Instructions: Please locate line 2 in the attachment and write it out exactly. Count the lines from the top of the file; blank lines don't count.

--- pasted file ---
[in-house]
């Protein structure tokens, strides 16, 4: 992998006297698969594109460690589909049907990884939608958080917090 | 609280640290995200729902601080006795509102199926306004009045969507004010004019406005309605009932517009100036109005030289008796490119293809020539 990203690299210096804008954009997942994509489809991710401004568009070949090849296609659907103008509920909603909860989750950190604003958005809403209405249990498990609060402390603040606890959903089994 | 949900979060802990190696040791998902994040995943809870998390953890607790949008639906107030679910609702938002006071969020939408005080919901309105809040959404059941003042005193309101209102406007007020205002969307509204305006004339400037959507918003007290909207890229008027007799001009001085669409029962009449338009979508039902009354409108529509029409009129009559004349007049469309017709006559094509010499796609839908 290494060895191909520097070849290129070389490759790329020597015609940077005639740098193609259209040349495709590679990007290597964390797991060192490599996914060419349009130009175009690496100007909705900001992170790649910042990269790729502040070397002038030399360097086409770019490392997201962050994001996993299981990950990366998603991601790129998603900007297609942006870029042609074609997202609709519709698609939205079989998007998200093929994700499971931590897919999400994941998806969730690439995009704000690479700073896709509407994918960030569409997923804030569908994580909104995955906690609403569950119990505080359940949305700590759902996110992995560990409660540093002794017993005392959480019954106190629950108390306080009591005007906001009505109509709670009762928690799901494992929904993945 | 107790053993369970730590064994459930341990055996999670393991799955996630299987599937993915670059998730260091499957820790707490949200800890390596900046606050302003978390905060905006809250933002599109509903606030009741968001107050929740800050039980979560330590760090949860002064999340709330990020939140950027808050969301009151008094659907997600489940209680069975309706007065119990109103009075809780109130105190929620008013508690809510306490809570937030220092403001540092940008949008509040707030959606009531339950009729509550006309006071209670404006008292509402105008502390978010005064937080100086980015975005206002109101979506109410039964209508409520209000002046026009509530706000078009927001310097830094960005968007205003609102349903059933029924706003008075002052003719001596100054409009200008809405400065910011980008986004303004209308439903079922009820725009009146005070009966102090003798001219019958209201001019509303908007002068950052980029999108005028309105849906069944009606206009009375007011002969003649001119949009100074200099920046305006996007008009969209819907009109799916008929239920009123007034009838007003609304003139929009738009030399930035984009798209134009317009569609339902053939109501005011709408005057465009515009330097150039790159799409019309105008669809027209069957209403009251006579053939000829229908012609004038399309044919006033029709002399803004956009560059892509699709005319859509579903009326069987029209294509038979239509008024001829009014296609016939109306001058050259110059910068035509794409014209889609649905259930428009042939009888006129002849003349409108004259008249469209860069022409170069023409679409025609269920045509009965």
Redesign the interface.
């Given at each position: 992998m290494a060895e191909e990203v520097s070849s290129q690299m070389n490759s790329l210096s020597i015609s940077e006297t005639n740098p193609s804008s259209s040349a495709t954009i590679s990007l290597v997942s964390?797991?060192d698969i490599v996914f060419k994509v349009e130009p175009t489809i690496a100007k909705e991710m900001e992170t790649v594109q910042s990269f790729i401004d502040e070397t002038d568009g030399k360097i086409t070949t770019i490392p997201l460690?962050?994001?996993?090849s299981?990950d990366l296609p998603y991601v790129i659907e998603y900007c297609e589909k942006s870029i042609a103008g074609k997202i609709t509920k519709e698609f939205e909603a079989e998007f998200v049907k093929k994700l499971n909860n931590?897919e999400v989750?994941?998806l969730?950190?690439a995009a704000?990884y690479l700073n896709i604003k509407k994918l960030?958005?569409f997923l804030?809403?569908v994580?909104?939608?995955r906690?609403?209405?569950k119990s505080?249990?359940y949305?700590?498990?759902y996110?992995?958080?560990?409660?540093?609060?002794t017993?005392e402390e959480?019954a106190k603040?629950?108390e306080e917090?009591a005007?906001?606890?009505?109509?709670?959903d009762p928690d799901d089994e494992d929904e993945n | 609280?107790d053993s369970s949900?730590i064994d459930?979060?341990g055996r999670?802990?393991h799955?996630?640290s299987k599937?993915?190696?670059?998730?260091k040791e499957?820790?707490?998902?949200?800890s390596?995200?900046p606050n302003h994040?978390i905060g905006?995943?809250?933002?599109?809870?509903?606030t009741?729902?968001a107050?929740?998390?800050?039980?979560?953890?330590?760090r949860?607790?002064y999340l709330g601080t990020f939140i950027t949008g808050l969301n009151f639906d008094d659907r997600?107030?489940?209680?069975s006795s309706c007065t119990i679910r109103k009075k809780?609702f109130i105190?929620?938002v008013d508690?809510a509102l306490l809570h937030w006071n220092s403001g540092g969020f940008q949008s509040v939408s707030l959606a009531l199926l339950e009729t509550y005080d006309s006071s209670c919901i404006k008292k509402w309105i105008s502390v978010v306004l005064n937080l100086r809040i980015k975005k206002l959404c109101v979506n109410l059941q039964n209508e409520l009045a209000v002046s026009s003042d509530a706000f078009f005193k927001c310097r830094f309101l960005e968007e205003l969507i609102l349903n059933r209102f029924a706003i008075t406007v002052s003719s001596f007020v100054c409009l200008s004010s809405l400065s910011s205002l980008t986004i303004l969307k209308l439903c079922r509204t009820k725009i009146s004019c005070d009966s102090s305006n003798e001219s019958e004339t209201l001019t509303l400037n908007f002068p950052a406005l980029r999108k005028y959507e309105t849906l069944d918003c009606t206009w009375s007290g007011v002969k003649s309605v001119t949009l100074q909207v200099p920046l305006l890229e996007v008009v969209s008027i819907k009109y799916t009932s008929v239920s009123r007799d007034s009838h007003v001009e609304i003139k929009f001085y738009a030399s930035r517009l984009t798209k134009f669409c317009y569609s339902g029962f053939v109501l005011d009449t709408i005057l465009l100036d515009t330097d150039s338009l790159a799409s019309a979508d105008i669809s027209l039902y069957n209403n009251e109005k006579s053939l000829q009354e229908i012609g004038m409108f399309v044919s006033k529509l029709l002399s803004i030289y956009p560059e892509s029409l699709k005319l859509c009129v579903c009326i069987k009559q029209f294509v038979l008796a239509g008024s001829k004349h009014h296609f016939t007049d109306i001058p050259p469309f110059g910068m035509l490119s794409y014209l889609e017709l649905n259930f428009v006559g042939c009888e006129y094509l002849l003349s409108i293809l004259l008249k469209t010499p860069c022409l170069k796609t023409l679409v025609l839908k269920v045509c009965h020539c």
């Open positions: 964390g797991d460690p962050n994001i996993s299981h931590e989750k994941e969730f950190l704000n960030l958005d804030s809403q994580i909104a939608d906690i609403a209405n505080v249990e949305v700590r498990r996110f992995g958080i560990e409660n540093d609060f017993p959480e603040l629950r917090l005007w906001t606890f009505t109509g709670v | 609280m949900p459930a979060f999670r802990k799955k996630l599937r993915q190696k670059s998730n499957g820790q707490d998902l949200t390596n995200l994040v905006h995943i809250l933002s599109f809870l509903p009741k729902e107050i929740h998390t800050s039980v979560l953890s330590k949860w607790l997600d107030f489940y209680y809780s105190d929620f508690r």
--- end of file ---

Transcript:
């Protein structure tokens, strides 16, 4: 992998006297698969594109460690589909049907990884939608958080917090 | 609280640290995200729902601080006795509102199926306004009045969507004010004019406005309605009932517009100036109005030289008796490119293809020539 990203690299210096804008954009997942994509489809991710401004568009070949090849296609659907103008509920909603909860989750950190604003958005809403209405249990498990609060402390603040606890959903089994 | 949900979060802990190696040791998902994040995943809870998390953890607790949008639906107030679910609702938002006071969020939408005080919901309105809040959404059941003042005193309101209102406007007020205002969307509204305006004339400037959507918003007290909207890229008027007799001009001085669409029962009449338009979508039902009354409108529509029409009129009559004349007049469309017709006559094509010499796609839908 290494060895191909520097070849290129070389490759790329020597015609940077005639740098193609259209040349495709590679990007290597964390797991060192490599996914060419349009130009175009690496100007909705900001992170790649910042990269790729502040070397002038030399360097086409770019490392997201962050994001996993299981990950990366998603991601790129998603900007297609942006870029042609074609997202609709519709698609939205079989998007998200093929994700499971931590897919999400994941998806969730690439995009704000690479700073896709509407994918960030569409997923804030569908994580909104995955906690609403569950119990505080359940949305700590759902996110992995560990409660540093002794017993005392959480019954106190629950108390306080009591005007906001009505109509709670009762928690799901494992929904993945 | 107790053993369970730590064994459930341990055996999670393991799955996630299987599937993915670059998730260091499957820790707490949200800890390596900046606050302003978390905060905006809250933002599109509903606030009741968001107050929740800050039980979560330590760090949860002064999340709330990020939140950027808050969301009151008094659907997600489940209680069975309706007065119990109103009075809780109130105190929620008013508690809510306490809570937030220092403001540092940008949008509040707030959606009531339950009729509550006309006071209670404006008292509402105008502390978010005064937080100086980015975005206002109101979506109410039964209508409520209000002046026009509530706000078009927001310097830094960005968007205003609102349903059933029924706003008075002052003719001596100054409009200008809405400065910011980008986004303004209308439903079922009820725009009146005070009966102090003798001219019958209201001019509303908007002068950052980029999108005028309105849906069944009606206009009375007011002969003649001119949009100074200099920046305006996007008009969209819907009109799916008929239920009123007034009838007003609304003139929009738009030399930035984009798209134009317009569609339902053939109501005011709408005057465009515009330097150039790159799409019309105008669809027209069957209403009251006579053939000829229908012609004038399309044919006033029709002399803004956009560059892509699709005319859509579903009326069987029209294509038979239509008024001829009014296609016939109306001058050259110059910068035509794409014209889609649905259930428009042939009888006129002849003349409108004259008249469209860069022409170069023409679409025609269920045509009965």